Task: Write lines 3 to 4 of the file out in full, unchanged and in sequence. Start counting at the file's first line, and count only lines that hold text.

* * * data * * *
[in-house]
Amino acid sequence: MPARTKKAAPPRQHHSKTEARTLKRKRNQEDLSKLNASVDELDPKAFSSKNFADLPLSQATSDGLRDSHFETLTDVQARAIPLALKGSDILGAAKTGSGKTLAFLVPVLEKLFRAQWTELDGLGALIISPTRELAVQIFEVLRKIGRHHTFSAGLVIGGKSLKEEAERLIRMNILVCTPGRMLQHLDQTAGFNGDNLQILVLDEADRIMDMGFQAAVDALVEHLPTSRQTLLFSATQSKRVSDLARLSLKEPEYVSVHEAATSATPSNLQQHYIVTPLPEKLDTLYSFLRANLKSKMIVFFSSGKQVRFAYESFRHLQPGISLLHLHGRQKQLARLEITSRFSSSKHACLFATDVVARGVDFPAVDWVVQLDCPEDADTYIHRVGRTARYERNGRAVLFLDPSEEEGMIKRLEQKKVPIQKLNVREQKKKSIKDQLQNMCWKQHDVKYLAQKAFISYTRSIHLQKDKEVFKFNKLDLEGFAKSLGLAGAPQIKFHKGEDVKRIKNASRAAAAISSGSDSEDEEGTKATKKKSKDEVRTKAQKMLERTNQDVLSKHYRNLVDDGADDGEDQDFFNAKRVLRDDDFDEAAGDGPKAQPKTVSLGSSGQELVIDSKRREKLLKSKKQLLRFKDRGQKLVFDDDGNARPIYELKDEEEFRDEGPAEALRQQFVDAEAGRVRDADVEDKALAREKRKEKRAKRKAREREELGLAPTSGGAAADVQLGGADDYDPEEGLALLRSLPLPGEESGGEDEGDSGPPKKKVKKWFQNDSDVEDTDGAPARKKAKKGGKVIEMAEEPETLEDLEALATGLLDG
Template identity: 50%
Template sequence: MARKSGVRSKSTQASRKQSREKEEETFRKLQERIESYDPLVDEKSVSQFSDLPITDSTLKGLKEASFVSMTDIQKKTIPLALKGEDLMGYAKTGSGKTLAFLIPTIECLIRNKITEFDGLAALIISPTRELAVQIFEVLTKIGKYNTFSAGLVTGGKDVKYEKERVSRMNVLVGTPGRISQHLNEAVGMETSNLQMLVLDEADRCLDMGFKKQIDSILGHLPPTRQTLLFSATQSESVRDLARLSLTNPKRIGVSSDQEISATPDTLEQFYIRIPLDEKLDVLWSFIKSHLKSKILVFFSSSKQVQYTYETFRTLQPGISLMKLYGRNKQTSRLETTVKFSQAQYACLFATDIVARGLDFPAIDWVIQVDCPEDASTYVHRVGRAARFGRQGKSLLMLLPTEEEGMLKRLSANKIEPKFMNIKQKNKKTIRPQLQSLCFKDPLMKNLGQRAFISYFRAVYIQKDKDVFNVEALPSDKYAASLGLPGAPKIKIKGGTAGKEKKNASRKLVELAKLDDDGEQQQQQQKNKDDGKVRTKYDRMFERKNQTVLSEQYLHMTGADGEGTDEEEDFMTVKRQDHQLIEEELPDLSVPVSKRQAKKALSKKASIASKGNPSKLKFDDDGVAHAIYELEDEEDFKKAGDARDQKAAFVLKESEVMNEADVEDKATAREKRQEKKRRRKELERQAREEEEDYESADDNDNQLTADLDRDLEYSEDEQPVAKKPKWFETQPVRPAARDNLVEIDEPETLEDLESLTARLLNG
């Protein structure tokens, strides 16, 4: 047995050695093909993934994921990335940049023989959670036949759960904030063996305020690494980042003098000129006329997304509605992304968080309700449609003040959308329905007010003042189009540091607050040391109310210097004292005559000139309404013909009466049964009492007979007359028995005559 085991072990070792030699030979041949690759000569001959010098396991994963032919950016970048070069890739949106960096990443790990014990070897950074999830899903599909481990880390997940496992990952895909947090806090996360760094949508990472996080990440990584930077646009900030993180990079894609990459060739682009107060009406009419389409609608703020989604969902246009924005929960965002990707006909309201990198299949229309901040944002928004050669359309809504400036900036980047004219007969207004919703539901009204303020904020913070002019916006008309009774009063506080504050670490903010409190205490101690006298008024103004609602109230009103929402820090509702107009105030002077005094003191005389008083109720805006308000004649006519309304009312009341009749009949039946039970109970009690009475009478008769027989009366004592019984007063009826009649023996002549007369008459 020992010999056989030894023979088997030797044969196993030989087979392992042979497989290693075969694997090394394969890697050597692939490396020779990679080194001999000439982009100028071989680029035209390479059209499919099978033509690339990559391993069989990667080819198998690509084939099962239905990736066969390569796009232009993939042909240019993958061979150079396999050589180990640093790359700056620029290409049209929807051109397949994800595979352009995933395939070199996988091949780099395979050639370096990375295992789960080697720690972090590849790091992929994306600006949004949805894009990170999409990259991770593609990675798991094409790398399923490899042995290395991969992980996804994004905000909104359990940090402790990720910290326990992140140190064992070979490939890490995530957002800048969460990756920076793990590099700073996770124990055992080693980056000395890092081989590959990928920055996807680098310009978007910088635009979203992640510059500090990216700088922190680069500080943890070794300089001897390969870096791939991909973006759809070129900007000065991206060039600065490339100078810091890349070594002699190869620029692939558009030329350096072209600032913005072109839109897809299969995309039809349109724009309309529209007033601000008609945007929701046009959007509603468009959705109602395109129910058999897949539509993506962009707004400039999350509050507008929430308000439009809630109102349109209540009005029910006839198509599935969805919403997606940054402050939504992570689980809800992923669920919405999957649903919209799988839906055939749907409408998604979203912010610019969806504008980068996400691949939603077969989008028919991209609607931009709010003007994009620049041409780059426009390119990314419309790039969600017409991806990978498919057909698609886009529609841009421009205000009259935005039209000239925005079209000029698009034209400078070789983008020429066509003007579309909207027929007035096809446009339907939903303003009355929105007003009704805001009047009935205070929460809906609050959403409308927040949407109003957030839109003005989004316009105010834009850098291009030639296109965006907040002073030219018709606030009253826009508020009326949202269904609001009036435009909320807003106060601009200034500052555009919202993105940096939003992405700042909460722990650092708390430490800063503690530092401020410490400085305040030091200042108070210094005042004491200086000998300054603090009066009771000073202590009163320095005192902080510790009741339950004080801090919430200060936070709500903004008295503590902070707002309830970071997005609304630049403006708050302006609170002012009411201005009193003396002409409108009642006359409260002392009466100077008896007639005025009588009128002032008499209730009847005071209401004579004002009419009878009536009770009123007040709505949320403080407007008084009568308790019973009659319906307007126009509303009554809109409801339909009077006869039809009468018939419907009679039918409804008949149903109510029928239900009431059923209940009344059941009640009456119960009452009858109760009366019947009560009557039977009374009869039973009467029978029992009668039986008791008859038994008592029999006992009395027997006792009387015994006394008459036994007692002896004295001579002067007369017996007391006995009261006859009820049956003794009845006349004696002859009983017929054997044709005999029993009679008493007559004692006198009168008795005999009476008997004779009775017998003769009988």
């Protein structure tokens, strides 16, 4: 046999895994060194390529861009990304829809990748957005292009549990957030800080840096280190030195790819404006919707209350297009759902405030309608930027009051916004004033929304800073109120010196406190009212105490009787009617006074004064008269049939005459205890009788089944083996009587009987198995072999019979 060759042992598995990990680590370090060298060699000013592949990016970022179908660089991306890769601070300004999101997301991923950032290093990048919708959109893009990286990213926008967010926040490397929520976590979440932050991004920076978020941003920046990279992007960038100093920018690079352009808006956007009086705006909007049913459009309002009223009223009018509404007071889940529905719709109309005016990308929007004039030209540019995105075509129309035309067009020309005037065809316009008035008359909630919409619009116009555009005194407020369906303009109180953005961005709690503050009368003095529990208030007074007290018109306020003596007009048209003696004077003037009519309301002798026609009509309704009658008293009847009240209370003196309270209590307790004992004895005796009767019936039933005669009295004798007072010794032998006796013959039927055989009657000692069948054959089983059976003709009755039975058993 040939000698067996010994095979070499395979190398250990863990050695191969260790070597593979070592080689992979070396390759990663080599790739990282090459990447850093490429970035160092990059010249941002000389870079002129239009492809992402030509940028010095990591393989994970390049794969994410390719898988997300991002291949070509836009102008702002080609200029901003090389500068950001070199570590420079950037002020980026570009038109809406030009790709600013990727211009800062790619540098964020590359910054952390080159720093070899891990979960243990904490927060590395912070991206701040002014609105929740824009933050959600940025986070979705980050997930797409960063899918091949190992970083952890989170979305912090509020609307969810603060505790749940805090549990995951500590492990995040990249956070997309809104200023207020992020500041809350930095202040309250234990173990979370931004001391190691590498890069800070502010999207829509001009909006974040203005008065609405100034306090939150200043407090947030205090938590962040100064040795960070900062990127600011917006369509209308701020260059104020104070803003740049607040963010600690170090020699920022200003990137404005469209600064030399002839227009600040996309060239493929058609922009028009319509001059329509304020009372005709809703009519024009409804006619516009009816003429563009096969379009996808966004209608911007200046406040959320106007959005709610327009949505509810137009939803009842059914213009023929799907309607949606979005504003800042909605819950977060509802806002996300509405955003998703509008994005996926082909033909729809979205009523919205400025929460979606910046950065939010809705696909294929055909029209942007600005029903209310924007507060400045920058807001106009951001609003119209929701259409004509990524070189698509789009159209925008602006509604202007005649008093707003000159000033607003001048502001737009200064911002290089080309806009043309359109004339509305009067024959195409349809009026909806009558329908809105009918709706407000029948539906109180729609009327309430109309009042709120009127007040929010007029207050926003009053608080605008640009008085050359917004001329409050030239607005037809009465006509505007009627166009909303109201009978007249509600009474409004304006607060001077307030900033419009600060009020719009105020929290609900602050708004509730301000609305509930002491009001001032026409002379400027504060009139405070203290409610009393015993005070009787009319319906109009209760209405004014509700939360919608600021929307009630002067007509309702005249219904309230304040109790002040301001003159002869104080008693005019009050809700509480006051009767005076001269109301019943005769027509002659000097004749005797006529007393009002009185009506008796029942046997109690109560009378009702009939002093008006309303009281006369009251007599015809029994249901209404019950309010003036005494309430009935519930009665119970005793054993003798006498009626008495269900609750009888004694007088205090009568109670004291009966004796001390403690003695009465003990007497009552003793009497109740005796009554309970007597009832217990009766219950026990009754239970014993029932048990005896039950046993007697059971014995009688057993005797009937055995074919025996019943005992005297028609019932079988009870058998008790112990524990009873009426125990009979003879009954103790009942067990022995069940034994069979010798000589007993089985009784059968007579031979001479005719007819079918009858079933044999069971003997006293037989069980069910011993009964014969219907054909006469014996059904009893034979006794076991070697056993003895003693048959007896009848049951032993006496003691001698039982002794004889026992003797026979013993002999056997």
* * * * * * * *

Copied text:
Template identity: 50%
Template sequence: MARKSGVRSKSTQASRKQSREKEEETFRKLQERIESYDPLVDEKSVSQFSDLPITDSTLKGLKEASFVSMTDIQKKTIPLALKGEDLMGYAKTGSGKTLAFLIPTIECLIRNKITEFDGLAALIISPTRELAVQIFEVLTKIGKYNTFSAGLVTGGKDVKYEKERVSRMNVLVGTPGRISQHLNEAVGMETSNLQMLVLDEADRCLDMGFKKQIDSILGHLPPTRQTLLFSATQSESVRDLARLSLTNPKRIGVSSDQEISATPDTLEQFYIRIPLDEKLDVLWSFIKSHLKSKILVFFSSSKQVQYTYETFRTLQPGISLMKLYGRNKQTSRLETTVKFSQAQYACLFATDIVARGLDFPAIDWVIQVDCPEDASTYVHRVGRAARFGRQGKSLLMLLPTEEEGMLKRLSANKIEPKFMNIKQKNKKTIRPQLQSLCFKDPLMKNLGQRAFISYFRAVYIQKDKDVFNVEALPSDKYAASLGLPGAPKIKIKGGTAGKEKKNASRKLVELAKLDDDGEQQQQQQKNKDDGKVRTKYDRMFERKNQTVLSEQYLHMTGADGEGTDEEEDFMTVKRQDHQLIEEELPDLSVPVSKRQAKKALSKKASIASKGNPSKLKFDDDGVAHAIYELEDEEDFKKAGDARDQKAAFVLKESEVMNEADVEDKATAREKRQEKKRRRKELERQAREEEEDYESADDNDNQLTADLDRDLEYSEDEQPVAKKPKWFETQPVRPAARDNLVEIDEPETLEDLESLTARLLNG